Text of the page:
5. I know that student X sexually assaulted a student.
In general, when three people see something happen and they tell me about it, I can come to know that it happened. But although my evidence suffices for ‘knowledge’ relative to ordinary contexts, it might not do so in contexts involving much higher standards of proof. In a courtroom context, for example, where X is literally on trial for criminal sexual assault, I think there’s a case to be made that (6) is true.
6. I don’t know that student X sexually assaulted a student.
Certainly I can’t testify that X sexually assaulted a student; I didn’t see it happen, I only heard about it from others. They didn’t give me an affidavit; they haven’t been cross-examined. All of them were drinking that night; some of them are unwilling to testify in court. Under the circumstances, there may not be evidence sufficient to convict X. So X does not go to jail.
None of this means I don’t know, relative to the less strict, non-courtroom context, that X sexually assaulted a student. Outside the courtroom, (5) is still true. (Remember that “the court finds the defendant not guilty” is a misnomer. The court found that there was room for reasonable doubt, and that the defendant could not be convicted. This is not at all the same as being innocent!) The lack of a criminal conviction means that X doesn’t go to jail; it doesn’t mean that I don’t know about the sexual assault, or that I or my university should pretend that nothing happened. Although there’s something tempting about the skeptical argument—there wasn’t evidence sufficient to convict; so we can’t know that X is guilty; so it would be unfair to do anything about X’s alleged behaviour—I think it commits the contextualist fallacy.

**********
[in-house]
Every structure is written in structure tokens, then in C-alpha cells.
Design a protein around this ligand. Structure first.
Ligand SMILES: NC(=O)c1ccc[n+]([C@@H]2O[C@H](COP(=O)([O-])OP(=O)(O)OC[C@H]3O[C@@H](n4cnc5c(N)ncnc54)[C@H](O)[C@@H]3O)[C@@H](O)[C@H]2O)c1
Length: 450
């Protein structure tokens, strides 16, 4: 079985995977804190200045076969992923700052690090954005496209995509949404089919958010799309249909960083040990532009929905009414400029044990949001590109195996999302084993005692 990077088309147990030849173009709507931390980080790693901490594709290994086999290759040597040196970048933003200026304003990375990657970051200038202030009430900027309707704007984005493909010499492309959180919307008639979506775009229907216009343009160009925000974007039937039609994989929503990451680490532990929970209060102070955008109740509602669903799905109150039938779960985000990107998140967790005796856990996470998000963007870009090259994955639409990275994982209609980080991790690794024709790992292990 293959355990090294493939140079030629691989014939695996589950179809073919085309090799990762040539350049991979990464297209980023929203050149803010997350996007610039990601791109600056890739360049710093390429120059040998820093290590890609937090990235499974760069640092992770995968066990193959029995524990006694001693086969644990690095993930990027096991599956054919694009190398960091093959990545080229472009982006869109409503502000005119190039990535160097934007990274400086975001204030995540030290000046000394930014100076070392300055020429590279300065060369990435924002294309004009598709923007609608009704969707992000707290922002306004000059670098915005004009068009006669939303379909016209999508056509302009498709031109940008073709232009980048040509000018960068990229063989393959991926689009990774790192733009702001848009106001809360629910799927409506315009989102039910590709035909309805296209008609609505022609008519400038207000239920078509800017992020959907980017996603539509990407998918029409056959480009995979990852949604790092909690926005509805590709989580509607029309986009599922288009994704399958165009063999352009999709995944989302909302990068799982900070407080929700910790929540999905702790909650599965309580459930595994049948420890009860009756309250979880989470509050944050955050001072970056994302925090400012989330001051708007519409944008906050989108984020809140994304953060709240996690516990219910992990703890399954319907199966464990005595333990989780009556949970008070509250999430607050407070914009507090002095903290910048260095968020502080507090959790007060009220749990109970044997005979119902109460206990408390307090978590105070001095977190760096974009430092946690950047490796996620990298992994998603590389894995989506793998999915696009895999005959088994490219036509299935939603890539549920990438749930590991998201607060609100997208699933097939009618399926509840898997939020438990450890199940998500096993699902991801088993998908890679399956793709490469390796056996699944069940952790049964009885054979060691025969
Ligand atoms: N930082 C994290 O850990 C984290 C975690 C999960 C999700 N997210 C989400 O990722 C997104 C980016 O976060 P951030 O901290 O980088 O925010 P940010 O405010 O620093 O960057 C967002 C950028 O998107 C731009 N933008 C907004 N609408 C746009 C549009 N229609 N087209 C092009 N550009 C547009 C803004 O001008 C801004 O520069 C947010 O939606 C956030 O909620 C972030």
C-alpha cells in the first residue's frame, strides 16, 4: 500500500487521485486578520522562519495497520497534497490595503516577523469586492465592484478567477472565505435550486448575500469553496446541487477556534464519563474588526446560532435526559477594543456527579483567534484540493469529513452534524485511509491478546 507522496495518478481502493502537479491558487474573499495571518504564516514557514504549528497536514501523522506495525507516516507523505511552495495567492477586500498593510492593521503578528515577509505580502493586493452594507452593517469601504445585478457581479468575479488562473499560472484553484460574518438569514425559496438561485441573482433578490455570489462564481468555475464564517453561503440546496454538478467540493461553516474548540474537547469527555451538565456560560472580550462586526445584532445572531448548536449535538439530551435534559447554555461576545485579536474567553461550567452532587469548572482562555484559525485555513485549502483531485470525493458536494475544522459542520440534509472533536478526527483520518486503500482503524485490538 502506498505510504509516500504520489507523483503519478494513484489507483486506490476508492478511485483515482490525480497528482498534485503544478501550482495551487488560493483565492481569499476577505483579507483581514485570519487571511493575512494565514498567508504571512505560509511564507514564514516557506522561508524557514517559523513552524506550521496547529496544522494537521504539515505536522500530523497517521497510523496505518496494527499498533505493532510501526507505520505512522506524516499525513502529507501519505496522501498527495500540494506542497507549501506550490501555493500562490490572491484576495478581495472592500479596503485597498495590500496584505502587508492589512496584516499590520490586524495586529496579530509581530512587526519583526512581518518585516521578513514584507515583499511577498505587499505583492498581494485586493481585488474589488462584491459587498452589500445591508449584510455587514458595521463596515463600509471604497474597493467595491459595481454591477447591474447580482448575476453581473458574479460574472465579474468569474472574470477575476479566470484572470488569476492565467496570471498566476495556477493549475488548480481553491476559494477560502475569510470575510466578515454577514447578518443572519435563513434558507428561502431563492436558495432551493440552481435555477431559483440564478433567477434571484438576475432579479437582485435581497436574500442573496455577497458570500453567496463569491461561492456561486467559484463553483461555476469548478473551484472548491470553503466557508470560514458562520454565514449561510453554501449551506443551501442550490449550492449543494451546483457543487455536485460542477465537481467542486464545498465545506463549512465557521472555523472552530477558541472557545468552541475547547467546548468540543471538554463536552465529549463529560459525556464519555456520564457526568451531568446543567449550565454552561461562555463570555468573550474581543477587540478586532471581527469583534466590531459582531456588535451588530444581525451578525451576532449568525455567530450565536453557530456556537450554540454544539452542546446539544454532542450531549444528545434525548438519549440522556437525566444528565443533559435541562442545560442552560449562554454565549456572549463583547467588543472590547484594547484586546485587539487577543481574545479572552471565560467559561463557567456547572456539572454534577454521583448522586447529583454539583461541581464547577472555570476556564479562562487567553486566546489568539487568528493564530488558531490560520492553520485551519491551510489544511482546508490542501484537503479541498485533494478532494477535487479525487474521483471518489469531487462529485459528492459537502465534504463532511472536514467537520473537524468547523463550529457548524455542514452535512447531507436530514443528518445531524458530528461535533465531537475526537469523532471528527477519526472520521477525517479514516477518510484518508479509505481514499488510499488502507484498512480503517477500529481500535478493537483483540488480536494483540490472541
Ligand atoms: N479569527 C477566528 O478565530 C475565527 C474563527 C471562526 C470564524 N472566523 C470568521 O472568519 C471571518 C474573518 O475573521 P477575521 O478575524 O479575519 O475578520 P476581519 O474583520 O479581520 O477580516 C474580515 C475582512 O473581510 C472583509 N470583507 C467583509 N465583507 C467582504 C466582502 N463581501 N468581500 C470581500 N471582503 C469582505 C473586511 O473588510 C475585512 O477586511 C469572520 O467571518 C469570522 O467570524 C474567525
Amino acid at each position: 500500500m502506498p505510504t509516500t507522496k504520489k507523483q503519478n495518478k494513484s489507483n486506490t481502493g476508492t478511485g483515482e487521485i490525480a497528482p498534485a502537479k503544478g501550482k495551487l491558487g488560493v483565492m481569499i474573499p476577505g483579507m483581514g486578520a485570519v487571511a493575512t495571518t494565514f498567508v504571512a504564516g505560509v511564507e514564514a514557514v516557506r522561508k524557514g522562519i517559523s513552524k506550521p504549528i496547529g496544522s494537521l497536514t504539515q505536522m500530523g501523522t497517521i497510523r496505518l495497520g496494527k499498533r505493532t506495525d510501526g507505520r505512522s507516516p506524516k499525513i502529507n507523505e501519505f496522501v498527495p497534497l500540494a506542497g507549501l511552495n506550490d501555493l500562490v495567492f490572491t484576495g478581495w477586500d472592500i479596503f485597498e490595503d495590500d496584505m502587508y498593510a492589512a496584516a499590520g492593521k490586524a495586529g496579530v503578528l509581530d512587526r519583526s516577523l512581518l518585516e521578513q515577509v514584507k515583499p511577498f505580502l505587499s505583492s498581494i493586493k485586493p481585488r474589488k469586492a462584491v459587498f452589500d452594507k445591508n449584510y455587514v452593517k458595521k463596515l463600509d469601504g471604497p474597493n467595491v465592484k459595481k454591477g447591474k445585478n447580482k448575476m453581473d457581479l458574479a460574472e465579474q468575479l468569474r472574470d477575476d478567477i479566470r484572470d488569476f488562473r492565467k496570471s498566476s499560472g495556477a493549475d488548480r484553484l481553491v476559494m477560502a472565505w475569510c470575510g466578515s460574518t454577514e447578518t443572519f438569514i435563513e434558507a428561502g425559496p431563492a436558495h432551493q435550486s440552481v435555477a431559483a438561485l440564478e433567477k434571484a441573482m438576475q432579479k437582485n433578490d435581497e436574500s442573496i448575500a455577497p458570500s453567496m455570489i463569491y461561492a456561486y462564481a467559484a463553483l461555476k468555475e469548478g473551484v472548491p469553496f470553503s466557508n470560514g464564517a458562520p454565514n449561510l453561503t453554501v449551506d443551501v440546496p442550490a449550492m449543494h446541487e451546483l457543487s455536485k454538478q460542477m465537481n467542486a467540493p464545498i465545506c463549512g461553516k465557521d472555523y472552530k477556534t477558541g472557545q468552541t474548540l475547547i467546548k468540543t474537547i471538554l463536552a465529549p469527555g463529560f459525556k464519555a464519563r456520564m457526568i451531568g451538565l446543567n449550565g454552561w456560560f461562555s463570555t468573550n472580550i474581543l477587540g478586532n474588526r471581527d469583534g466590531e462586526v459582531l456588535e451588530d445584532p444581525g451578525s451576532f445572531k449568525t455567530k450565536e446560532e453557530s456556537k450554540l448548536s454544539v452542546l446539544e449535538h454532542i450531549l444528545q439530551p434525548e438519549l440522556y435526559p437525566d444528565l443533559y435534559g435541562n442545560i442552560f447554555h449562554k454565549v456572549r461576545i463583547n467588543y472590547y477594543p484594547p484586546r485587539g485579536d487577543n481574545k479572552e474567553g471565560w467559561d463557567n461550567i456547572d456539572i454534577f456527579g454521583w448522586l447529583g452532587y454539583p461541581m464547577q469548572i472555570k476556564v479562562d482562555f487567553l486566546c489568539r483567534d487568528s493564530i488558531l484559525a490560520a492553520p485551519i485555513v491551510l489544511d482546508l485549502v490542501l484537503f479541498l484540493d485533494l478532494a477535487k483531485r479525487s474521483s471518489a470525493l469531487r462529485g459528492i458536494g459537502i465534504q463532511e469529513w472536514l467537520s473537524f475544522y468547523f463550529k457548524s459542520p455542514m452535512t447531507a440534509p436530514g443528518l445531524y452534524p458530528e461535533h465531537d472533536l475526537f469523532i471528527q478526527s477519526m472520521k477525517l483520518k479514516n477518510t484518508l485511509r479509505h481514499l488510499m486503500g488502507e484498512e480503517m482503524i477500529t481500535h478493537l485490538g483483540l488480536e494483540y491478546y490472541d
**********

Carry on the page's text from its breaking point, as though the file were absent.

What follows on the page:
I don’t ordinarily draw attention to arguments like this one, but I received this tweet in response to my suggestion:
what about the rights of the accused? If there’s not enough evidence, how can you justify punishing somebody?
I think that this argument clearly demonstrates the contextualist fallacy. “If there’s not enough evidence, how can you justify acting?” ‘Enough’, like ‘now’, is obviously a context-sensitive term. Do I have enough money? Enough for what? I have enough money to buy a new suit, but I don’t have enough money to buy a new house. Here’s a terrible argument: Jonathan would need a million dollars to buy a new house. He has less than a million dollars; so he doesn’t have enough money. And obviously he shouldn’t buy a new suit if he doesn’t have enough money. So he shouldn’t buy a new suit. Maybe I shouldn’t buy a new suit—arguably I have enough suits already—but the fact that I don’t have enough money to buy a new house definitely isn’t why. In exactly the same way, lacking enough evidence to put a rapist in jail clearly doesn’t mean that one lacks enough evidence to respond in other ways. The fact that some people are tempted to react in this way confirms my suspicion that the contextualist fallacy is part of the problem in thinking through these issues.